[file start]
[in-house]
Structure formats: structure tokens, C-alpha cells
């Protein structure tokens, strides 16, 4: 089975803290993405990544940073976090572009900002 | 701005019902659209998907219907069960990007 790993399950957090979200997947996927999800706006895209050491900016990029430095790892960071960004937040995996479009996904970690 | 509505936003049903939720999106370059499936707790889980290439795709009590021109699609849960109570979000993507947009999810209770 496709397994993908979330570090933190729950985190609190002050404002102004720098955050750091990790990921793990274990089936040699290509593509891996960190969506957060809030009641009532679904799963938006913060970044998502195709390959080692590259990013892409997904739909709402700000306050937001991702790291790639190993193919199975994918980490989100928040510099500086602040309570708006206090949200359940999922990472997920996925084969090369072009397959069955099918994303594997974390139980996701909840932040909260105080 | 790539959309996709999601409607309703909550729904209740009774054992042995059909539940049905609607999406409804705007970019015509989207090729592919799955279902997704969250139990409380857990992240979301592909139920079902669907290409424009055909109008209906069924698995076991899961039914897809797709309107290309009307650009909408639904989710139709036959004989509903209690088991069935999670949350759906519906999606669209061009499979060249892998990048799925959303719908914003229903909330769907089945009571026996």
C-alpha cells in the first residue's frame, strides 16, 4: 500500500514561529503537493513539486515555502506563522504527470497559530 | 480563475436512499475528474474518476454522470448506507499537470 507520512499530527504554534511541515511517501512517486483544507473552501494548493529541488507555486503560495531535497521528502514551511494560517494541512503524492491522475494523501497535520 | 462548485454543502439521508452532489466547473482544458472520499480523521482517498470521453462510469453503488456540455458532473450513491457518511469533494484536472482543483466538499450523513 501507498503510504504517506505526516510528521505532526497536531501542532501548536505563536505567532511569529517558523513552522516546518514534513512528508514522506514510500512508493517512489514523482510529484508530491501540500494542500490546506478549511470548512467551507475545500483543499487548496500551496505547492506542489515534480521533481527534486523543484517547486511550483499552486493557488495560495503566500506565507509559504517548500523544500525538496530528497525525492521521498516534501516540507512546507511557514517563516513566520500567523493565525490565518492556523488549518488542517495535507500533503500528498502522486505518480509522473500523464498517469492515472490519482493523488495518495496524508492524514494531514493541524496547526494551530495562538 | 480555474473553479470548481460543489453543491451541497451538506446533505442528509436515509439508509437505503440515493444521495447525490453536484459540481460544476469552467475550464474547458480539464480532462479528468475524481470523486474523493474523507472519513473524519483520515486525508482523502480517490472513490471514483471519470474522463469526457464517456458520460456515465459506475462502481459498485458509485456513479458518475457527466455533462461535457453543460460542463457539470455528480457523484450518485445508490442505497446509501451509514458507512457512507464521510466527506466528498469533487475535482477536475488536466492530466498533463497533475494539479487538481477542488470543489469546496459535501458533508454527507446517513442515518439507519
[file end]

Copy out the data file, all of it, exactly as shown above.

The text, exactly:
[in-house]
Structure formats: structure tokens, C-alpha cells
């Protein structure tokens, strides 16, 4: 089975803290993405990544940073976090572009900002 | 701005019902659209998907219907069960990007 790993399950957090979200997947996927999800706006895209050491900016990029430095790892960071960004937040995996479009996904970690 | 509505936003049903939720999106370059499936707790889980290439795709009590021109699609849960109570979000993507947009999810209770 496709397994993908979330570090933190729950985190609190002050404002102004720098955050750091990790990921793990274990089936040699290509593509891996960190969506957060809030009641009532679904799963938006913060970044998502195709390959080692590259990013892409997904739909709402700000306050937001991702790291790639190993193919199975994918980490989100928040510099500086602040309570708006206090949200359940999922990472997920996925084969090369072009397959069955099918994303594997974390139980996701909840932040909260105080 | 790539959309996709999601409607309703909550729904209740009774054992042995059909539940049905609607999406409804705007970019015509989207090729592919799955279902997704969250139990409380857990992240979301592909139920079902669907290409424009055909109008209906069924698995076991899961039914897809797709309107290309009307650009909408639904989710139709036959004989509903209690088991069935999670949350759906519906999606669209061009499979060249892998990048799925959303719908914003229903909330769907089945009571026996």
C-alpha cells in the first residue's frame, strides 16, 4: 500500500514561529503537493513539486515555502506563522504527470497559530 | 480563475436512499475528474474518476454522470448506507499537470 507520512499530527504554534511541515511517501512517486483544507473552501494548493529541488507555486503560495531535497521528502514551511494560517494541512503524492491522475494523501497535520 | 462548485454543502439521508452532489466547473482544458472520499480523521482517498470521453462510469453503488456540455458532473450513491457518511469533494484536472482543483466538499450523513 501507498503510504504517506505526516510528521505532526497536531501542532501548536505563536505567532511569529517558523513552522516546518514534513512528508514522506514510500512508493517512489514523482510529484508530491501540500494542500490546506478549511470548512467551507475545500483543499487548496500551496505547492506542489515534480521533481527534486523543484517547486511550483499552486493557488495560495503566500506565507509559504517548500523544500525538496530528497525525492521521498516534501516540507512546507511557514517563516513566520500567523493565525490565518492556523488549518488542517495535507500533503500528498502522486505518480509522473500523464498517469492515472490519482493523488495518495496524508492524514494531514493541524496547526494551530495562538 | 480555474473553479470548481460543489453543491451541497451538506446533505442528509436515509439508509437505503440515493444521495447525490453536484459540481460544476469552467475550464474547458480539464480532462479528468475524481470523486474523493474523507472519513473524519483520515486525508482523502480517490472513490471514483471519470474522463469526457464517456458520460456515465459506475462502481459498485458509485456513479458518475457527466455533462461535457453543460460542463457539470455528480457523484450518485445508490442505497446509501451509514458507512457512507464521510466527506466528498469533487475535482477536475488536466492530466498533463497533475494539479487538481477542488470543489469546496459535501458533508454527507446517513442515518439507519